As October turns to November, our minds turn from pumpkins and costumes to chilly days -- and of course -- Thanksgiving. This cherished American tradition is all about gathering with loved ones and sharing gratitude. Unfortunately, this day of eating is primetime for some common holiday injuries, mishaps, and turkey troubles.
While you are cooking the turkey, tossing a football, and stirring the gravy, it’s important to avoid injury and illness. Thanksgiving is America’s second favorite holiday, following Christmas, and it can be easily ruined when the family needs to rush someone to an urgent care clinic for emergency care.
So if you're looking to avoid the most common Thanksgiving injuries this year, watch out for the following injuries and ailments:
Since this day is all about eating, your guests may be at risk for food poisoning if you aren't careful! To avoid this, the CDC recommends fully thawing a turkey and cooking it at a minimum of 325 degrees Fahrenheit. Then be sure to prepare the stuffing separate from this holiday bird. Cooking time will vary depending on the size of the bird, but be sure to keep the turkey in the oven as long as necessary.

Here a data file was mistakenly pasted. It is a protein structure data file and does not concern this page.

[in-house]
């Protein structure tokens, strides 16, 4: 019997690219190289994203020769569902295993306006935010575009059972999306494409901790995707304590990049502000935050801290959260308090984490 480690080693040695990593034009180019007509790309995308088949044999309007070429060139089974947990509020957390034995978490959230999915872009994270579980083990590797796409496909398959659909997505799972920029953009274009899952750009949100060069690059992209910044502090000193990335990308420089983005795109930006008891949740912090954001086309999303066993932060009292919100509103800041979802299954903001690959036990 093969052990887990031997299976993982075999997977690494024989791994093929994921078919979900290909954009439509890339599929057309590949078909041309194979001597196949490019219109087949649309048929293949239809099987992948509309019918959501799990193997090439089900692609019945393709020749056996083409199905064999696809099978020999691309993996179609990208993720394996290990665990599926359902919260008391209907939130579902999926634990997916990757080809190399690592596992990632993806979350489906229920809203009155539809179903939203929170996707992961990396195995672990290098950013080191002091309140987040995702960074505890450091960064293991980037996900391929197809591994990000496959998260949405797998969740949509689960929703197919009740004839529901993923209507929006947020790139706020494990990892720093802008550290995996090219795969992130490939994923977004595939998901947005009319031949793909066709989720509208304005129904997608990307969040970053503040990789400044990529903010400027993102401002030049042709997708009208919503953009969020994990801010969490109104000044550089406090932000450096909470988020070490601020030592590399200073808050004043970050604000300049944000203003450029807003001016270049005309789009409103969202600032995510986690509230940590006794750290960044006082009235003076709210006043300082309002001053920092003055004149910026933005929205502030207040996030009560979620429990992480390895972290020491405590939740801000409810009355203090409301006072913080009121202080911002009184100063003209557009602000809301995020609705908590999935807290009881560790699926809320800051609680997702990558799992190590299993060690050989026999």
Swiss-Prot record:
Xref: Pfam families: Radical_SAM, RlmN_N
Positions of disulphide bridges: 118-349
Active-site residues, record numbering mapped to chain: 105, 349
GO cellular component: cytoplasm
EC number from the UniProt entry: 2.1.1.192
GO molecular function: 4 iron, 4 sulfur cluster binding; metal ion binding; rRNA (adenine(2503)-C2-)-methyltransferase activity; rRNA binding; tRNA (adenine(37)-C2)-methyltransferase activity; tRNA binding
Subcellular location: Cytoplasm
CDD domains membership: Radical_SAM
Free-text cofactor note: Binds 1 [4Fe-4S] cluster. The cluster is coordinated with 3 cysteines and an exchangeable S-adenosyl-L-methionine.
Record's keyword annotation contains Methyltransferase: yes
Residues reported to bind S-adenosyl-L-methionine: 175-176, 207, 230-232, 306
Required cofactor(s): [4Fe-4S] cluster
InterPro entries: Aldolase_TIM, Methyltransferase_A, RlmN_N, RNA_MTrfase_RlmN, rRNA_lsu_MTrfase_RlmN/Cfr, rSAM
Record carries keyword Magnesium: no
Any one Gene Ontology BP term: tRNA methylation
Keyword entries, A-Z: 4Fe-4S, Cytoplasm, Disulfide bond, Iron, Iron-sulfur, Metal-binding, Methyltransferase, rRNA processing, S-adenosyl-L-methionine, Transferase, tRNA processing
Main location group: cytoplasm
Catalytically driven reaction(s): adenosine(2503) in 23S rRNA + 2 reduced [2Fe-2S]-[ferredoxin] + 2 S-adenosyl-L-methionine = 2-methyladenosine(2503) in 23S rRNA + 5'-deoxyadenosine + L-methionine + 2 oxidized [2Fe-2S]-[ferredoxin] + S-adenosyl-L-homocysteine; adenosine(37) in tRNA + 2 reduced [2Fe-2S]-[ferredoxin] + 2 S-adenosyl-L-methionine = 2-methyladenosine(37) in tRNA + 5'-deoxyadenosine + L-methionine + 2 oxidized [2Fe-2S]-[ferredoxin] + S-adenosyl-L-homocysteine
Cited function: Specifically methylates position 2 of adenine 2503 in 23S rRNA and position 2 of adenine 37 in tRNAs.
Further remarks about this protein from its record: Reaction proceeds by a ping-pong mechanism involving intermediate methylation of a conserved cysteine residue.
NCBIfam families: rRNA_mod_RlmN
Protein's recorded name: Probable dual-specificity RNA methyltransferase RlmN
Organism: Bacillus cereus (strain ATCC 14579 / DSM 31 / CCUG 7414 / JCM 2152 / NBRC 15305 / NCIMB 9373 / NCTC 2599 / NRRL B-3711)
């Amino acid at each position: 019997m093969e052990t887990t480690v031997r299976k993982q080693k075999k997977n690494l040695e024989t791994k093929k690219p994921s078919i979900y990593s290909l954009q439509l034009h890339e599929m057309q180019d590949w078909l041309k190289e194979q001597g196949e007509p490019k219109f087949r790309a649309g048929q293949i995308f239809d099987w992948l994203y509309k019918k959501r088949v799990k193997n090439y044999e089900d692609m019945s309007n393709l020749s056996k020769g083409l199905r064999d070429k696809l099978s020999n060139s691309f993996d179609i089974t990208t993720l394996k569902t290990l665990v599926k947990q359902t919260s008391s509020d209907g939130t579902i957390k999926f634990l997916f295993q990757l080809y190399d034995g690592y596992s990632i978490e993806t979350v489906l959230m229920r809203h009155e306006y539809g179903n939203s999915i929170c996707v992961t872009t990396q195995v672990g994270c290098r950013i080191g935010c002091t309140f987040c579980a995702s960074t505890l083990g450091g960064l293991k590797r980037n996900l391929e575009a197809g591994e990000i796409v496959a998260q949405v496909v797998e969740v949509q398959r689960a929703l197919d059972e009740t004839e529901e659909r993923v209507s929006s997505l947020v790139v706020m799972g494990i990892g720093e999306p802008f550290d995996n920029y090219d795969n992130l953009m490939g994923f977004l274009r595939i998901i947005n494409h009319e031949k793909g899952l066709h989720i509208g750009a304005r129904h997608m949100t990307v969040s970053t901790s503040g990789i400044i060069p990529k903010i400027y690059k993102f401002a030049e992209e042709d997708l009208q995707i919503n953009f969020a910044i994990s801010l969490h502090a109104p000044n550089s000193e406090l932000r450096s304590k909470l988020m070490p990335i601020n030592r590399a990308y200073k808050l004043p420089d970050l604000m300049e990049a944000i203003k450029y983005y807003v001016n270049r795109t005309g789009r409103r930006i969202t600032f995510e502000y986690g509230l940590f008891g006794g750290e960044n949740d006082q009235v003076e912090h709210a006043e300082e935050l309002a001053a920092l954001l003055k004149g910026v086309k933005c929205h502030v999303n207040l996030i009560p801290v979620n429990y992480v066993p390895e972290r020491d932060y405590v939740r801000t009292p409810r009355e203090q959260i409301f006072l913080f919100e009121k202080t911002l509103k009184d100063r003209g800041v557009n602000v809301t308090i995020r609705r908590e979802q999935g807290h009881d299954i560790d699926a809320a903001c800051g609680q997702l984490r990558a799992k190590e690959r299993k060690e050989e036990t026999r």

During the food preparation, be careful of cuts and burns. One out of 10 emergency room visits are related to lacerations, and knife-related injuries are even more common on Thanksgiving. Adding to this risk, more cooking fires occur on Thanksgiving than on any other day of the year. Fires caused by deep fryers are especially of concern. Fire departments around the country respond to more than 1,000 of these incidents every year.
You might also want to keep an extra close eye on your relatives with a tendency to have a few too many drinks. Thanksgiving has been named the “deadliest holiday” due to alcohol-related car accidents. In 2013 alone, 360 people died on Thanksgiving Day due to drinking and driving. And don’t stop your caution there. Alcohol-related fatalities make up 31% of winter holiday deaths.
Fortunately, all of these injuries and incidents are completely preventable. While you are cooking, drinking, and laughing, take care to slow down. This way, you can be grateful for no emergency room visits. And of course, if something does happen, get your relative to emergency care as soon as possible.